This could pass off as well and good if the circumstances were different. But these two are critical political players, in highly powerful positions. The evidence that was given to ICAC treads a tightrope between serious corruption and seriously questionable ethics.
Give it a rest, this isn’t a 22 year old picking a bad boyfriend that sells dime bags on the side. She stayed with a guy that she had to fire for his corruption for two years. She knew it’s not poor gladys she’s just innocent, shes a political leader who facilitated corruption.
— Jacqui (@doddsie161) October 17, 2020
During the inquiry, ICAC played numerous tapes of the pair’s private phone conversations in which Maguire isn’t shy about disclosing his schemes to take a percentage of various developments.
At one point, upon Maguire mentioning a recent “deal” (he’s talking about the Waterhouse land deal in which he was set to make hundreds of thousands), Berejiklian can be heard offering her now-infamous reply: “That’s good. I don’t need to know about that bit.”
“No you don’t,’’ Maguire says.
Ms Berejiklian insists that her response was not evidence of her attempting to turn a blind eye, but instead that she was simply “bored” or “wasn’t interested”.
“I always assumed, rightly or wrongly, that he was making full disclosures when he needed to,” she told ICAC on Monday.
Which, for your knowledge, no, he did not.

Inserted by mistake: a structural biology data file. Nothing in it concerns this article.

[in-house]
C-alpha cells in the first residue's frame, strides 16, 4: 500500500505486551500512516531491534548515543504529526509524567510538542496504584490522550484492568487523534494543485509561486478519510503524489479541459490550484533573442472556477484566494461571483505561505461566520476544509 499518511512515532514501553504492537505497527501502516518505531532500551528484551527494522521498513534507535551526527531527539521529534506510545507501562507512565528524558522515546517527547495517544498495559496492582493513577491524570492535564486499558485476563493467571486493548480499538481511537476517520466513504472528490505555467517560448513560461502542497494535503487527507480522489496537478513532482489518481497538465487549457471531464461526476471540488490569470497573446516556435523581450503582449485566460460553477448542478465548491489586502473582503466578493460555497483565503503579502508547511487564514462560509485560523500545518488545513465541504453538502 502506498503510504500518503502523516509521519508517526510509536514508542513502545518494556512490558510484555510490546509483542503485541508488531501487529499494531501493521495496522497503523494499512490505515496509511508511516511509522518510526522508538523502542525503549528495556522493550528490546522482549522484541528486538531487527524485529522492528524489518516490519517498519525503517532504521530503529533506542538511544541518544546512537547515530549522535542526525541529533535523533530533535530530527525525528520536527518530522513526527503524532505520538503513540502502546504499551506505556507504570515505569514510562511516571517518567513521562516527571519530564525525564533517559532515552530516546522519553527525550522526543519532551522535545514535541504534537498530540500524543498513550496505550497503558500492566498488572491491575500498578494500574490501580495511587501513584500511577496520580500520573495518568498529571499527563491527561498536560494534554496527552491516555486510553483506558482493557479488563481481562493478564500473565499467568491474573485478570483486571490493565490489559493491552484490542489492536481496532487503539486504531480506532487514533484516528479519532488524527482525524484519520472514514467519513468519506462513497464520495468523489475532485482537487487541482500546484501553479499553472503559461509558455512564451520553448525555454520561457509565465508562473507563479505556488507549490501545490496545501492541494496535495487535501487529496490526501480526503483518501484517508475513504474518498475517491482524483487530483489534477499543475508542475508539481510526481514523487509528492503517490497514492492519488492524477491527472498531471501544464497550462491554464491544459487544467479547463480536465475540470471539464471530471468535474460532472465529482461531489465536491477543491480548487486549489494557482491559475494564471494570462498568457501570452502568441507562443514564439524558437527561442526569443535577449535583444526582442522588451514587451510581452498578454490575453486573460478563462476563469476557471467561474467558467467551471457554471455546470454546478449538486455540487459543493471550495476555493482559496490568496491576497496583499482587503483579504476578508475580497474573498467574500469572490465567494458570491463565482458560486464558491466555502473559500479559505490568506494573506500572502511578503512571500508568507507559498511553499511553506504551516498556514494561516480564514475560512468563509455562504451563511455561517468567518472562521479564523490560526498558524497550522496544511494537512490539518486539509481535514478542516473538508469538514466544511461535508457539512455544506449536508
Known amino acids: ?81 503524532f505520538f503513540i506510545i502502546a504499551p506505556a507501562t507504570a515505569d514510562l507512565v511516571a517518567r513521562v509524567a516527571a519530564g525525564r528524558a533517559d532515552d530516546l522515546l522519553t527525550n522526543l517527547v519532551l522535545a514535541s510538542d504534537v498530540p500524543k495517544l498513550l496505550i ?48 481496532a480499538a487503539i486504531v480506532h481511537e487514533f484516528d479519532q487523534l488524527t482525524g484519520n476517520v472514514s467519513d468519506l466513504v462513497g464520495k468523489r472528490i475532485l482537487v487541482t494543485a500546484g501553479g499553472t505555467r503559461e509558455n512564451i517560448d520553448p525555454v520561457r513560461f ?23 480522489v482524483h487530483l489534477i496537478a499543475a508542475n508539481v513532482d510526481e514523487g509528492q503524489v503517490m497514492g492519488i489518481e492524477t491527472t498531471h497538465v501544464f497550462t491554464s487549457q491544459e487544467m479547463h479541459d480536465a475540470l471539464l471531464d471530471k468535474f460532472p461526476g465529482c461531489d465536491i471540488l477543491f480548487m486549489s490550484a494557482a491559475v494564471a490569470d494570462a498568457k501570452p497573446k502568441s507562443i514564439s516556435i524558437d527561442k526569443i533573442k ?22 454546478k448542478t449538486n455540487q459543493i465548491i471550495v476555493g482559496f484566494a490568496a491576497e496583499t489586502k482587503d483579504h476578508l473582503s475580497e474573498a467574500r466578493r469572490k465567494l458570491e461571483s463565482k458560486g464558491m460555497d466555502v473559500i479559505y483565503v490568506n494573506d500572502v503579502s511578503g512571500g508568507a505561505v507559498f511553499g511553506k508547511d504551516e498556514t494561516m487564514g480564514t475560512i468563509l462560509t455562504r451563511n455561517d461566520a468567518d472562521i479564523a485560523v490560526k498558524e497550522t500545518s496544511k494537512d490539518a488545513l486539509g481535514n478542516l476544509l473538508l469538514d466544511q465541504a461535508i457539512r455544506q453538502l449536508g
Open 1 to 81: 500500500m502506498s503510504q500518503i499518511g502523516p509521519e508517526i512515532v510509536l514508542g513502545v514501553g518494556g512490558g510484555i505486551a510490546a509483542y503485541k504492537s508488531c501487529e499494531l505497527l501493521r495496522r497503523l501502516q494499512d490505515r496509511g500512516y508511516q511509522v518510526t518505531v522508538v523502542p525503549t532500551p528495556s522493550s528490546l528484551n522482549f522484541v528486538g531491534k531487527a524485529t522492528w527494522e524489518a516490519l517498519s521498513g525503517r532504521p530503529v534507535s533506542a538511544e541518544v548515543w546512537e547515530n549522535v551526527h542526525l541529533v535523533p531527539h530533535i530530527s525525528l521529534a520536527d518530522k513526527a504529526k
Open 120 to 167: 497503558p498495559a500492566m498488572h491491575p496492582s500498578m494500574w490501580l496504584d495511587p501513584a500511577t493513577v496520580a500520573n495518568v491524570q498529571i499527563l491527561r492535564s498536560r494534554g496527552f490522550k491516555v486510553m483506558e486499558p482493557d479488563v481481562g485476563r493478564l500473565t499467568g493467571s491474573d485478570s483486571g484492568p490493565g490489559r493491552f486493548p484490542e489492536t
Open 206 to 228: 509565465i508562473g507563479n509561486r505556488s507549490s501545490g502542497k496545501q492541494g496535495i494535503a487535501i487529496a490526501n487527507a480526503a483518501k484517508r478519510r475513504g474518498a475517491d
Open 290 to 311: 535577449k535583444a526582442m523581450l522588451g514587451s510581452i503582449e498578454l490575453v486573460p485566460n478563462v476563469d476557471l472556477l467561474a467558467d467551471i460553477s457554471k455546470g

“Poor Gladys” the NSW Premier who was manipulated by her naughty corrupt boyfriend.
“Poor Gladys” who listened to him talk about his corruption on the phone but was “too exhausted” to concentrate on the conversation.
“Poor Gladys” who knew he was corrupt but didn’t report it.
— Daniel Bleakley (@DanielBleakley) October 18, 2020
Other intercepted phone calls played to the inquiry exposed Maguire using Gladys’ private email to lobby for changes that would benefit high-profile elites. In the calls, Maguire suggested the premier would be able to provide a “tickle from up top” and would “light a fire” to help garner support for interests of his own.
Following the ICAC inquiry, NSW Opposition Leader Jodi McKay heavily criticised the premier, arguing that by standing by Maguire while he was doing dodgy deals, Gladys Berejiklian was effectively a “sounding board for corruption.”
For the last year, I’ve looked @GladysB in the eye when I’ve asked questions – believing she too wanted politics to be the best it can be. I respected my opponent. Today I’ll see a woman who has diminished the role of Premier & set an impossibly low standard. All respect is gone
— Jodi McKay (@JodiMcKayMP) October 19, 2020
The reality is that the widespread sentiments of “poor Gladys”, which have been espoused across the 2GB interview, tabloid headlines, and social media, is perhaps a bigger disgrace than the tapes played to ICAC.
One Twitter user commented this week: “Who hasn’t dated a dickhead?”
Gladys Berejiklian is a grown adult serving as the Premier of New South Wales whose decisions affect millions. The image of an oblivious, lovesick Gladys is so demeaning and superficial, it just might work to cover up the real scandal.